When you start looking into it, you start raising more questions than you answer. I hope in the not too distant future, someone will start a certification board, akin to organic, that will become the recognised standard. For now, it's important to bear in mind that even if these raw products are incorrectly named as such, they are still great food choices, and whether they are technically raw or not only really matters to someone who is trying to be strictly, 100% raw. What I want to do here is identify some of the common grey areas so that you can do your research and decide for yourself if you are happy to consume foods that contain these ingredients.

'Grey' raw ingredients

Dates - most dried-fruit is heat-treated to stop it going mouldy, and keep it longer on the shelf. If you have a fresh date, like a Medjool date, it's soft and juicy. The harder and drier the date, the more likely it's been heated at high temperatures. At home in recipes, I always use fresh dates. I have been told sun-dried fruits aren't heat-treated, so look out for those.

Nuts - same with nuts, virtually all nuts have been heat-treated to inhibit mould growth. Safer to assume they are not raw than that they are. If you buy from the raw companies online, then you should be able to trust that they are, but if you're buying from a health food store or a supermarket it's less likely.

In the UK, almonds and hazelnuts are usually raw. Cashew nuts never are, unless you can afford to buy the hand-cracked ones. Pine nuts, macadamias, pecans - unlikely.

Seeds – Seeds tend to be raw though, with the exception of pumpkin seeds. Apparently, all Chinese pumpkin seeds are heat-treated, and it's the Austrian ones you need to look out for. We would love to sell more raw nuts, but though we have tried repeatedly, we can't find anyone who can guarantee a regular supply.

Oats – virtually all oats are steamed to stabilise them. We carry raw oats, and there are a few more brands popping up now, but unless they are specifically labelled as such, they won't be. Raw oats don't keep well, so if you're buying a health food bar that claims to be raw and it contains oats, I would be very dubious.

Agave was first introduced to the health food market in 2005, and back then it was definitely raw. As it became more popular, more companies started producing it, and most of them aren't. Raw agave costs over twice the price of normal agave, so there's your first clue! Understandably, when a company makes a product it wants to keep costs as low as possible to make it affordable to the consumer, so the temptation would be to use non-raw agave in order to make the product accessible.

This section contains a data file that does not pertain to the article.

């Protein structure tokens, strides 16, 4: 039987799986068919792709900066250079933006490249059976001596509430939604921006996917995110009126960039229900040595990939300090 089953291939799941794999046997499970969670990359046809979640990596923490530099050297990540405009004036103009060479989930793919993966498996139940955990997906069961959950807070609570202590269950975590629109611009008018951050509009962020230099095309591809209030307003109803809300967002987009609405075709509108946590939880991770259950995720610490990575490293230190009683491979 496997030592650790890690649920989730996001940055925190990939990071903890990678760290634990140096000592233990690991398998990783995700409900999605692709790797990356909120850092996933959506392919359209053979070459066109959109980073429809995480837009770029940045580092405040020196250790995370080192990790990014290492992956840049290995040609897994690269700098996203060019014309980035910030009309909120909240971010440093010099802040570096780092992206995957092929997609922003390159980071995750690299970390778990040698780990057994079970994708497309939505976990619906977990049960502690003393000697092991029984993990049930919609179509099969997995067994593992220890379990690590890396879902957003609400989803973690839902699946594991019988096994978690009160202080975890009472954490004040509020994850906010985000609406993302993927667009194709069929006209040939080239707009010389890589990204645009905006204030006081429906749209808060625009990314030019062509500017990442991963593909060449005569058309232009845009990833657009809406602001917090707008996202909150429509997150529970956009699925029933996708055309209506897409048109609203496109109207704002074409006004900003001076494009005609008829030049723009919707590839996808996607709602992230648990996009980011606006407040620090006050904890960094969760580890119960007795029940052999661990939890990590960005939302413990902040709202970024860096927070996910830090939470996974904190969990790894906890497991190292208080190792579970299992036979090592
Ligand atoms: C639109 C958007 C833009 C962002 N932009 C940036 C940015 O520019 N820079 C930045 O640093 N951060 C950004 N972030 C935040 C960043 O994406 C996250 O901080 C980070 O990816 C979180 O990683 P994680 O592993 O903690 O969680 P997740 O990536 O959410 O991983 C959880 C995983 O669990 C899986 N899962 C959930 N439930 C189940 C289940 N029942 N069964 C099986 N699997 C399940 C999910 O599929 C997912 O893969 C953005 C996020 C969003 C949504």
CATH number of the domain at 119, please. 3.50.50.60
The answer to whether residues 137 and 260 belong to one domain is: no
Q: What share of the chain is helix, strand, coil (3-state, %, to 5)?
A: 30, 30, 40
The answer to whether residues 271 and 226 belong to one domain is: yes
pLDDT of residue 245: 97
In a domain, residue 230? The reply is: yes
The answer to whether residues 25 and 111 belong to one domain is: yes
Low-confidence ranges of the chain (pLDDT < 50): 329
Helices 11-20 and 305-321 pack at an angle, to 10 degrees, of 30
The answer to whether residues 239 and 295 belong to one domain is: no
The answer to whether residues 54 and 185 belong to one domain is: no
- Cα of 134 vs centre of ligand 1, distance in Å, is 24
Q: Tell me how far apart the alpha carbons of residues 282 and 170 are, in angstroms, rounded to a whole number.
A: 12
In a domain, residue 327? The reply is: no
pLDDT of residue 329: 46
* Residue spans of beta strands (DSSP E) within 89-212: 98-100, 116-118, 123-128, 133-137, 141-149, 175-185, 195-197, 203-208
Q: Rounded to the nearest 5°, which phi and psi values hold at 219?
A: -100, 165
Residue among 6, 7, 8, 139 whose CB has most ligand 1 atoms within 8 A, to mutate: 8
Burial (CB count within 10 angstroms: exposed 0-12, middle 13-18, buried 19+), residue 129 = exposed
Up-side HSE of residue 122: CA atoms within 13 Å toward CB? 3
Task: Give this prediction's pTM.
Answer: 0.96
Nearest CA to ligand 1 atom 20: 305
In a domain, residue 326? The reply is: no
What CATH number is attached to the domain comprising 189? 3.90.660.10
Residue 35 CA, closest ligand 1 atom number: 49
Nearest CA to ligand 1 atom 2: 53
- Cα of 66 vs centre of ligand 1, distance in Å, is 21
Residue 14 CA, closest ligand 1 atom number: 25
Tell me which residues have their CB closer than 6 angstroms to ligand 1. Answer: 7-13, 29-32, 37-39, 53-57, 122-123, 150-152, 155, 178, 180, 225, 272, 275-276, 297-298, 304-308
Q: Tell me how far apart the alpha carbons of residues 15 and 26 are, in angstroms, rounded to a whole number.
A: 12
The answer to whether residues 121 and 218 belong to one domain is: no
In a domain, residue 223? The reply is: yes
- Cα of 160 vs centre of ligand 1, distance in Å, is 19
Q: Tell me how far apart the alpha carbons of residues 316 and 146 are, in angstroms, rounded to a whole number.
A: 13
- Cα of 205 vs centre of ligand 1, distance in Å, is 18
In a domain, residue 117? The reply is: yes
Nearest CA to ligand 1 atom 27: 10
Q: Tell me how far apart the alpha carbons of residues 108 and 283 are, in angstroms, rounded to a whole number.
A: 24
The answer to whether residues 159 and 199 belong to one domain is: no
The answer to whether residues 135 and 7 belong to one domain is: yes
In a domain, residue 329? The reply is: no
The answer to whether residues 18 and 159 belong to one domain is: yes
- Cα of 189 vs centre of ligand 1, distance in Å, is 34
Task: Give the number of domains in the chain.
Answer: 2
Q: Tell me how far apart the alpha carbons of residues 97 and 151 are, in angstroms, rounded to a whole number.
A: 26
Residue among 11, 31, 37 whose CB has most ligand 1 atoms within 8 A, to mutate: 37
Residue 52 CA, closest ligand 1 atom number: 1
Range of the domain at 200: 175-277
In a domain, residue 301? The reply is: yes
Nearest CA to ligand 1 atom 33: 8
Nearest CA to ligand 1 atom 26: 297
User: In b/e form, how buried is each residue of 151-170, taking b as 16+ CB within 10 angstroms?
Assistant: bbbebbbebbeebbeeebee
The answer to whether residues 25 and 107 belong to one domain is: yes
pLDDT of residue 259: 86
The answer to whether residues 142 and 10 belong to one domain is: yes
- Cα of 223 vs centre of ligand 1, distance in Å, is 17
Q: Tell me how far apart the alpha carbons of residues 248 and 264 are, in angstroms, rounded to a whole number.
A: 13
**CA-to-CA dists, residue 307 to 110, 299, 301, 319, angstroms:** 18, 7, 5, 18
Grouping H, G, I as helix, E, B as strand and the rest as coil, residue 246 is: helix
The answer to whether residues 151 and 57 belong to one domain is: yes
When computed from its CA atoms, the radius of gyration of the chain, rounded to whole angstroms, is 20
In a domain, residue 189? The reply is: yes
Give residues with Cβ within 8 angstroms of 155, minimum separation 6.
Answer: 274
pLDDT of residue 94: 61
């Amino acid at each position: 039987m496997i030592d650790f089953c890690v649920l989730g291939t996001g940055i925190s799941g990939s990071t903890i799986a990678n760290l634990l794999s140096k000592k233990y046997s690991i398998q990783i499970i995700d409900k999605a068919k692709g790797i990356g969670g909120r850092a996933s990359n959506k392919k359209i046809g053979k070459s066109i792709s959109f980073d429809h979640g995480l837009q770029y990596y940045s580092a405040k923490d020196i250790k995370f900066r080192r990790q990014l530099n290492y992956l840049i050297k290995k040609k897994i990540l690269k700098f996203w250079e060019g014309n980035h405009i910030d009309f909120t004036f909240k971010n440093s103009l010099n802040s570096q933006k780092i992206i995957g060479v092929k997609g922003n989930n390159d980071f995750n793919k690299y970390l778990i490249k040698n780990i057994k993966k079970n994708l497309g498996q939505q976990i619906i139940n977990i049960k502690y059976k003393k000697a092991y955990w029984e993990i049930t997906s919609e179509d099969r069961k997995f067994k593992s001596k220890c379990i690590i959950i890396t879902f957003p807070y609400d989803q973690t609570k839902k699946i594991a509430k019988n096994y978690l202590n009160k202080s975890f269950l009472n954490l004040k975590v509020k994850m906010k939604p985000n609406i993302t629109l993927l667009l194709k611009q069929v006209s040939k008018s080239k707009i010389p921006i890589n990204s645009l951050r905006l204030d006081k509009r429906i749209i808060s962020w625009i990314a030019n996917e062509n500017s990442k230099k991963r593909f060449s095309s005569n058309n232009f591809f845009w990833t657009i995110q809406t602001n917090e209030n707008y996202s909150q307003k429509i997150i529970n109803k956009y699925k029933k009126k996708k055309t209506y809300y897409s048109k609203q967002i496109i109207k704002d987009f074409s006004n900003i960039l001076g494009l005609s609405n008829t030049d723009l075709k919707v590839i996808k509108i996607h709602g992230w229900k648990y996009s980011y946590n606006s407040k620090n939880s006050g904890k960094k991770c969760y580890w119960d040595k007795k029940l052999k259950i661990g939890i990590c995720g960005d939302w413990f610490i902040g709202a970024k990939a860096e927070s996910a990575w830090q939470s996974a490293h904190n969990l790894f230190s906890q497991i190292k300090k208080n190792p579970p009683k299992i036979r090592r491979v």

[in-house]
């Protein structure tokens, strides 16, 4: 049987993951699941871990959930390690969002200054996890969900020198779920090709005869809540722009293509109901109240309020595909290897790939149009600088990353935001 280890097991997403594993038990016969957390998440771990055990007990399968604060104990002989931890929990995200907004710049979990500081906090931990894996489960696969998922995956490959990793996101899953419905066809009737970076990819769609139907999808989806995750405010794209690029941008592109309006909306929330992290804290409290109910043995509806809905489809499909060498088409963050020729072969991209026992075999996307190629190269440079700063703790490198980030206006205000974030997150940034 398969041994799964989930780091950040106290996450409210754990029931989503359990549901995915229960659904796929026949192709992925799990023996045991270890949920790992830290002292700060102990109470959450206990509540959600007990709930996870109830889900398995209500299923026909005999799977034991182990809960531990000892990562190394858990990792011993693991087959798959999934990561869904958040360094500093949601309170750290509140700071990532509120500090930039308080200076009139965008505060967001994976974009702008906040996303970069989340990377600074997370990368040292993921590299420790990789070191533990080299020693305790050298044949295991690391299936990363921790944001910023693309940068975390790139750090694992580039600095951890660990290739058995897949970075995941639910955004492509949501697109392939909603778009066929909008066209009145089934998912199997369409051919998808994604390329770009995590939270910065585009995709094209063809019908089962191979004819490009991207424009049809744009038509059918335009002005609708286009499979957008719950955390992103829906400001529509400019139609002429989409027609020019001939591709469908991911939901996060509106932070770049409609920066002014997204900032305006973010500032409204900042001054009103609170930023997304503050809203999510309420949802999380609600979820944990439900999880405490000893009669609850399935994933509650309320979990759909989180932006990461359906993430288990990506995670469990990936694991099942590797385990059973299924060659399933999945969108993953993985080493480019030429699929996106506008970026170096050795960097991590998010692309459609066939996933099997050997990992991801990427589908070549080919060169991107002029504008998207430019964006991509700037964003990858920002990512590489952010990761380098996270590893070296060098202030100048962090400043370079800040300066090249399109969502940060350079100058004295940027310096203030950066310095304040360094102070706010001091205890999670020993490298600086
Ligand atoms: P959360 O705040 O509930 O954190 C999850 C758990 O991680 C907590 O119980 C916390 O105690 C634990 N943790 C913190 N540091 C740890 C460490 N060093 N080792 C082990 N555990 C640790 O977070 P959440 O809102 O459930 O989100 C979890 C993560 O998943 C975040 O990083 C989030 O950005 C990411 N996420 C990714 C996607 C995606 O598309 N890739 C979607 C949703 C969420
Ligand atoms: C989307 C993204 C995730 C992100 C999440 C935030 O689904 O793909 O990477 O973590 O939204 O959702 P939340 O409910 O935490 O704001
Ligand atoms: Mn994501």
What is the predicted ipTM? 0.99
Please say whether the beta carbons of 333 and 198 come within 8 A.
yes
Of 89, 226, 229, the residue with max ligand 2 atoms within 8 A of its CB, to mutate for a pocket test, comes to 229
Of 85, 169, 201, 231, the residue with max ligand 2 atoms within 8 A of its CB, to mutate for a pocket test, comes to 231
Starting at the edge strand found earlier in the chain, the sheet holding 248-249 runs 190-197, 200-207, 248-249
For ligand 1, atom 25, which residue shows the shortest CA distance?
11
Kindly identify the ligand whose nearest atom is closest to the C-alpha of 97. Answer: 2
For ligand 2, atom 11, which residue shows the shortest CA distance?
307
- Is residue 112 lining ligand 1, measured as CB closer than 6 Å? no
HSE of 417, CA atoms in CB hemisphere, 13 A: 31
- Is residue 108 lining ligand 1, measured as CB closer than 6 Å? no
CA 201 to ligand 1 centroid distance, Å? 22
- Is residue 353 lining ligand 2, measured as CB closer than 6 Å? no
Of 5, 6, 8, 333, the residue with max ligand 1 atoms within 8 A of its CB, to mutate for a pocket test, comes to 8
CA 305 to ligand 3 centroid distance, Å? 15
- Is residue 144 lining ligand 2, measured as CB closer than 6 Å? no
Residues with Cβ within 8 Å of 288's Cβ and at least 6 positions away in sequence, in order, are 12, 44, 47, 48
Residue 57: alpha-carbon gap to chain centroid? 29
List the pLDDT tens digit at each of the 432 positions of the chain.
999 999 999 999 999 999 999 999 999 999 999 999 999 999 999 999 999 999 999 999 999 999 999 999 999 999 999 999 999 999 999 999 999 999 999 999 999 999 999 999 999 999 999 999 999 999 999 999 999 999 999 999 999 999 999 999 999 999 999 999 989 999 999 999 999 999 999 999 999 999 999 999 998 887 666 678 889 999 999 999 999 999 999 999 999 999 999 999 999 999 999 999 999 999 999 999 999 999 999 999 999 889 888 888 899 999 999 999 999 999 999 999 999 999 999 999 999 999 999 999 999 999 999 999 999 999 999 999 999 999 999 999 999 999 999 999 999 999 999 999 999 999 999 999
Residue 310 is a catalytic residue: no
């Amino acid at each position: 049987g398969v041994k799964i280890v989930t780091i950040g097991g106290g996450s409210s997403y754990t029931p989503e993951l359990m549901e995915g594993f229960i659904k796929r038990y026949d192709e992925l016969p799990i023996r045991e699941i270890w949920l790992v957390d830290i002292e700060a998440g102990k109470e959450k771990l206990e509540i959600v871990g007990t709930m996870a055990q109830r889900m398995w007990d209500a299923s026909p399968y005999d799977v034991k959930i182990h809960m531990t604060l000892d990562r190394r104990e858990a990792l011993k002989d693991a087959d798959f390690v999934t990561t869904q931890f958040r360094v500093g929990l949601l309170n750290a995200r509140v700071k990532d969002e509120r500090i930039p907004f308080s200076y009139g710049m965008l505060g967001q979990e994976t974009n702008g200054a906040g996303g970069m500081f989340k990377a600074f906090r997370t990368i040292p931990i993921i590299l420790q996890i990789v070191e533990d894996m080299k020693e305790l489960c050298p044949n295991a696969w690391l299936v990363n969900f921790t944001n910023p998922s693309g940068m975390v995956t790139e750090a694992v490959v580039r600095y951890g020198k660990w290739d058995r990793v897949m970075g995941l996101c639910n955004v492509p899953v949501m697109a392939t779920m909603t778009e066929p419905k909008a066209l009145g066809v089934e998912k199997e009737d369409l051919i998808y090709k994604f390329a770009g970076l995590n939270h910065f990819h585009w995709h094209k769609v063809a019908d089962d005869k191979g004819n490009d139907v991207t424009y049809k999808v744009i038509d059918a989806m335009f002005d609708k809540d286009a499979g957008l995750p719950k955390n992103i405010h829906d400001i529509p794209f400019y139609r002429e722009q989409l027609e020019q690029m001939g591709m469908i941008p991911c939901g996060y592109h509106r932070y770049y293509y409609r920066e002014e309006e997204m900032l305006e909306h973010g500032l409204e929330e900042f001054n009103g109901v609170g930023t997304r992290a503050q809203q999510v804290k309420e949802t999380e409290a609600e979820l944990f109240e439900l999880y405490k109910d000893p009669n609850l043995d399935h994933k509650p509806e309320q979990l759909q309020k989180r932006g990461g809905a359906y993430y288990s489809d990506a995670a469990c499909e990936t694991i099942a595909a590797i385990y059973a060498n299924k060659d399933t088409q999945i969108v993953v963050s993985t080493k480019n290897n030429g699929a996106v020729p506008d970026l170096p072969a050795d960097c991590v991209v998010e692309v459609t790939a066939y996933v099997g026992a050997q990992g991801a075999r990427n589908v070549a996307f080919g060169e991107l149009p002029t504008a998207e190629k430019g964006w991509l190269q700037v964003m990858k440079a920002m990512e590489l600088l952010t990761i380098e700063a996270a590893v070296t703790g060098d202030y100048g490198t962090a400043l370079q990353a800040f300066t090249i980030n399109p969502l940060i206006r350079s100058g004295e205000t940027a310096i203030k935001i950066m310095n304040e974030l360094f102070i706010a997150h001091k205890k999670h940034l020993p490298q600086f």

Coconut Sugar isn't raw at all, although it perplexes me why so many raw companies use it and overlook that fact! Some coconut sugars, such as Big Tree Farms and Coconut Secrets, are heated at low temperatures.
Cacao is another highly debatable area. If you're buying beans or nibs, you're safe. Powder and butter are more dubious. My current understanding is that no Peruvian butter or powder is raw (Peruvian is the most commonly used). We also sell Ecuadorian and Balinese, which may or may not be, depending on who you're talking to and which way the wind is blowing that day!

Fermented foods like yoghurts, cheeses, miso, tamari, sauerkraut, kombucha and kefir will all be living foods if they are unpasteurised (this will be labelled).

Superfoods - ironically, most superfoods aren't raw. Most come in powder form, and have been heated in the drying process. As all superfoods should be consumed in small amounts (from 1-10g a day), this shouldn’t affect your overall raw intake too much.

If I was creating an accreditation system, I would want to see certificates of inspection for every ingredient used, and I would allow around 10% non-raw ingredients (eg superfoods, seasonings), otherwise they wouldn't be allowed to put the word raw on the label. Until that's in place, you have to be your own certification board! If you have a favourite product that you've started having doubts about, contact them, establish that information, and then share it with everyone. But for now, if you want to be on the safe side, I would assume that that chocolate Brownie made with dates, cashews, oats and agave, isn't as raw as it might appear....   

Read more about Kate and Raw Living on her site here.

For some of her decious recipes, see FreeFrom Recipes Matter here.